An Argument for Libertarian Free Will: Hard Choices Based on either Incomparable or Equally Persuasive Reasons  [PDF]
Randall S. Firestone
Open Journal of Philosophy (OJPP) , 2017, DOI: 10.4236/ojpp.2017.71005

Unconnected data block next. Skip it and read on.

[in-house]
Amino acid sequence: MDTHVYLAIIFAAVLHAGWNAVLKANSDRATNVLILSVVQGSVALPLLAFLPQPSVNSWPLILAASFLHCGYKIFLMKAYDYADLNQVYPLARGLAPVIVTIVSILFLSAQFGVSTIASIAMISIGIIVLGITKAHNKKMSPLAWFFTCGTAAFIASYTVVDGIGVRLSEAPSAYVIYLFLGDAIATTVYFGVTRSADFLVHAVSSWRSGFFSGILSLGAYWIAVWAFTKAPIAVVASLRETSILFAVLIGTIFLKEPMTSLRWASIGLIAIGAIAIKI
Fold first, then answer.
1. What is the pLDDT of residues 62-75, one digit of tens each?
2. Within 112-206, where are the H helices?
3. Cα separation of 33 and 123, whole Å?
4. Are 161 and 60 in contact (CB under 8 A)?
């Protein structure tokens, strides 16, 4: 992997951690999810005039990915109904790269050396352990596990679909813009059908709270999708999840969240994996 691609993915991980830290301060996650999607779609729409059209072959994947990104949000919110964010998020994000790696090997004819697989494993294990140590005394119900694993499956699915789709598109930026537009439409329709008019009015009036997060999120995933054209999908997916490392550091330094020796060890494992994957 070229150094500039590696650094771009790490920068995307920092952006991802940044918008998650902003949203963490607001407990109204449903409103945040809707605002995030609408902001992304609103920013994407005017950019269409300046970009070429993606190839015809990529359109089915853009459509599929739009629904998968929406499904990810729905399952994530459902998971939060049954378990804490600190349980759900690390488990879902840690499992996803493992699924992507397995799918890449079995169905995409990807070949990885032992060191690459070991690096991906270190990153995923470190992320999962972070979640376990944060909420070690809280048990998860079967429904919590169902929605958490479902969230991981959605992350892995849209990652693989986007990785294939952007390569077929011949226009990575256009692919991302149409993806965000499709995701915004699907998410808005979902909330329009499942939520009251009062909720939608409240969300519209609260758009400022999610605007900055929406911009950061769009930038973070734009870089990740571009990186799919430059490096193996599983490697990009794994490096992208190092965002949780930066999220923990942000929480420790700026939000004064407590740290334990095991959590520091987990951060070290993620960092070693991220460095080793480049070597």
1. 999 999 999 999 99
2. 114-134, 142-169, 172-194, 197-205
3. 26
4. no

This articles proposes that the best explanation for hard choices, which are choices made when there are either incomparable options or equally appealing options, is the presence of libertarian free will; and that the two main alternatives, determinism and random choice, do not provide us with very compelling explanations. In the case of determinism, this is because the reasons supporting each option do not dictate or necessitate that we choose that option, and therefore any decision is necessarily underdetermined by the reasons for each option. Random choice fares no better since any choice made when the options are incomparable or equally appealing is supported by reasons and therefore is not random at all. As such, we should believe in free will. The article further reviews some of the current neuroscientific studies and explains how they do not show the absence of free will. The paper further argues that science likely could never prove that we do not have free will since showing that any decision is reflected or caused by our brain neurons firing does not show that the ultimate decision was not arrived at after a free will consideration of the issues. Lastly, the article suggests that the best way to view free will is as an attribute and ability that is always present, and as such there is no such thing as partial free will. Accordingly, we are fully responsible for the decisions we make and the actions we take. However, external and internal influences, especially those that lurk in our subconscious and of which we are not consciously aware, do mitigate our blameworthiness and praiseworthiness for those decisions.